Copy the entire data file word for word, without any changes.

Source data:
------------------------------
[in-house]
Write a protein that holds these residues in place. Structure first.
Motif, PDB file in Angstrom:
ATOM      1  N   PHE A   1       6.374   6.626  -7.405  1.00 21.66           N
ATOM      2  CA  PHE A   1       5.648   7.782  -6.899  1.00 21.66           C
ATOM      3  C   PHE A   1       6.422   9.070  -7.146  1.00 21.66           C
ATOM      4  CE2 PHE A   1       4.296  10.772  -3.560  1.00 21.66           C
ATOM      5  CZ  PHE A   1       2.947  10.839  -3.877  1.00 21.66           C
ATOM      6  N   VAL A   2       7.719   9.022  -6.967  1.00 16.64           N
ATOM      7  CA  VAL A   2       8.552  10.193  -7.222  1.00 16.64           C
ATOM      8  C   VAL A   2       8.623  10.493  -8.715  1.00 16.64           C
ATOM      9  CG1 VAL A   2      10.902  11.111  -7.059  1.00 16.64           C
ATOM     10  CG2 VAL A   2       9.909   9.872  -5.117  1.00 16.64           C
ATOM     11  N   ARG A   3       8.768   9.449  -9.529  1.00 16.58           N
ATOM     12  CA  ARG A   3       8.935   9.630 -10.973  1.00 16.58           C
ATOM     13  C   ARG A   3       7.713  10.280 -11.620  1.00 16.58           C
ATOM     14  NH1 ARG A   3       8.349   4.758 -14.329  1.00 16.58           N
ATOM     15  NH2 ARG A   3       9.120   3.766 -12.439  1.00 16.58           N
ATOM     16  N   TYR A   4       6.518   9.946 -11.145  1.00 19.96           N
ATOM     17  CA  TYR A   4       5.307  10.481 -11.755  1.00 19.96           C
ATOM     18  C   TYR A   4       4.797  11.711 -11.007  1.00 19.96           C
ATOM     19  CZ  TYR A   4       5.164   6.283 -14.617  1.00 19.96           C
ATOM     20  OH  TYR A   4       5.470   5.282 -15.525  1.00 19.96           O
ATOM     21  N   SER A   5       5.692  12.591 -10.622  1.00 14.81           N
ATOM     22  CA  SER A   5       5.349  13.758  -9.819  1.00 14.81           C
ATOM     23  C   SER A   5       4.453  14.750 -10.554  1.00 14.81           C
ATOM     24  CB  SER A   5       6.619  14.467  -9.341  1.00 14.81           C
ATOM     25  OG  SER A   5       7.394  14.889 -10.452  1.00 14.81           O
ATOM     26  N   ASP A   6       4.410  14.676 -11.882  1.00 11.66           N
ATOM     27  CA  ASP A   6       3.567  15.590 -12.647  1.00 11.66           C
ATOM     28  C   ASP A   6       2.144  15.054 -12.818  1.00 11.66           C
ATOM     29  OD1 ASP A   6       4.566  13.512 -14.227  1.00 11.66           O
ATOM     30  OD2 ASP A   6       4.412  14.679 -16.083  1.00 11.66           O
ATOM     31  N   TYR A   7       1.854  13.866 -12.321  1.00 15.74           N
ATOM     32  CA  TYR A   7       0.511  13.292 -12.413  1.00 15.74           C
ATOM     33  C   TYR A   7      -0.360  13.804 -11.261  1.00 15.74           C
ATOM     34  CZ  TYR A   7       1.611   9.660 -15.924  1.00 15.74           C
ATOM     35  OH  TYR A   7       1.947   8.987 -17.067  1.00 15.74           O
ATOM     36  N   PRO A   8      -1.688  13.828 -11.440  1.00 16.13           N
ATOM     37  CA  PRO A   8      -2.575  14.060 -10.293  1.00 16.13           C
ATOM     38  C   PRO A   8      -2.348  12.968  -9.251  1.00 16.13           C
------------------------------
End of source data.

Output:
[in-house]
Write a protein that holds these residues in place. Structure first.
Motif, PDB file in Angstrom:
ATOM      1  N   PHE A   1       6.374   6.626  -7.405  1.00 21.66           N
ATOM      2  CA  PHE A   1       5.648   7.782  -6.899  1.00 21.66           C
ATOM      3  C   PHE A   1       6.422   9.070  -7.146  1.00 21.66           C
ATOM      4  CE2 PHE A   1       4.296  10.772  -3.560  1.00 21.66           C
ATOM      5  CZ  PHE A   1       2.947  10.839  -3.877  1.00 21.66           C
ATOM      6  N   VAL A   2       7.719   9.022  -6.967  1.00 16.64           N
ATOM      7  CA  VAL A   2       8.552  10.193  -7.222  1.00 16.64           C
ATOM      8  C   VAL A   2       8.623  10.493  -8.715  1.00 16.64           C
ATOM      9  CG1 VAL A   2      10.902  11.111  -7.059  1.00 16.64           C
ATOM     10  CG2 VAL A   2       9.909   9.872  -5.117  1.00 16.64           C
ATOM     11  N   ARG A   3       8.768   9.449  -9.529  1.00 16.58           N
ATOM     12  CA  ARG A   3       8.935   9.630 -10.973  1.00 16.58           C
ATOM     13  C   ARG A   3       7.713  10.280 -11.620  1.00 16.58           C
ATOM     14  NH1 ARG A   3       8.349   4.758 -14.329  1.00 16.58           N
ATOM     15  NH2 ARG A   3       9.120   3.766 -12.439  1.00 16.58           N
ATOM     16  N   TYR A   4       6.518   9.946 -11.145  1.00 19.96           N
ATOM     17  CA  TYR A   4       5.307  10.481 -11.755  1.00 19.96           C
ATOM     18  C   TYR A   4       4.797  11.711 -11.007  1.00 19.96           C
ATOM     19  CZ  TYR A   4       5.164   6.283 -14.617  1.00 19.96           C
ATOM     20  OH  TYR A   4       5.470   5.282 -15.525  1.00 19.96           O
ATOM     21  N   SER A   5       5.692  12.591 -10.622  1.00 14.81           N
ATOM     22  CA  SER A   5       5.349  13.758  -9.819  1.00 14.81           C
ATOM     23  C   SER A   5       4.453  14.750 -10.554  1.00 14.81           C
ATOM     24  CB  SER A   5       6.619  14.467  -9.341  1.00 14.81           C
ATOM     25  OG  SER A   5       7.394  14.889 -10.452  1.00 14.81           O
ATOM     26  N   ASP A   6       4.410  14.676 -11.882  1.00 11.66           N
ATOM     27  CA  ASP A   6       3.567  15.590 -12.647  1.00 11.66           C
ATOM     28  C   ASP A   6       2.144  15.054 -12.818  1.00 11.66           C
ATOM     29  OD1 ASP A   6       4.566  13.512 -14.227  1.00 11.66           O
ATOM     30  OD2 ASP A   6       4.412  14.679 -16.083  1.00 11.66           O
ATOM     31  N   TYR A   7       1.854  13.866 -12.321  1.00 15.74           N
ATOM     32  CA  TYR A   7       0.511  13.292 -12.413  1.00 15.74           C
ATOM     33  C   TYR A   7      -0.360  13.804 -11.261  1.00 15.74           C
ATOM     34  CZ  TYR A   7       1.611   9.660 -15.924  1.00 15.74           C
ATOM     35  OH  TYR A   7       1.947   8.987 -17.067  1.00 15.74           O
ATOM     36  N   PRO A   8      -1.688  13.828 -11.440  1.00 16.13           N
ATOM     37  CA  PRO A   8      -2.575  14.060 -10.293  1.00 16.13           C
ATOM     38  C   PRO A   8      -2.348  12.968  -9.251  1.00 16.13           C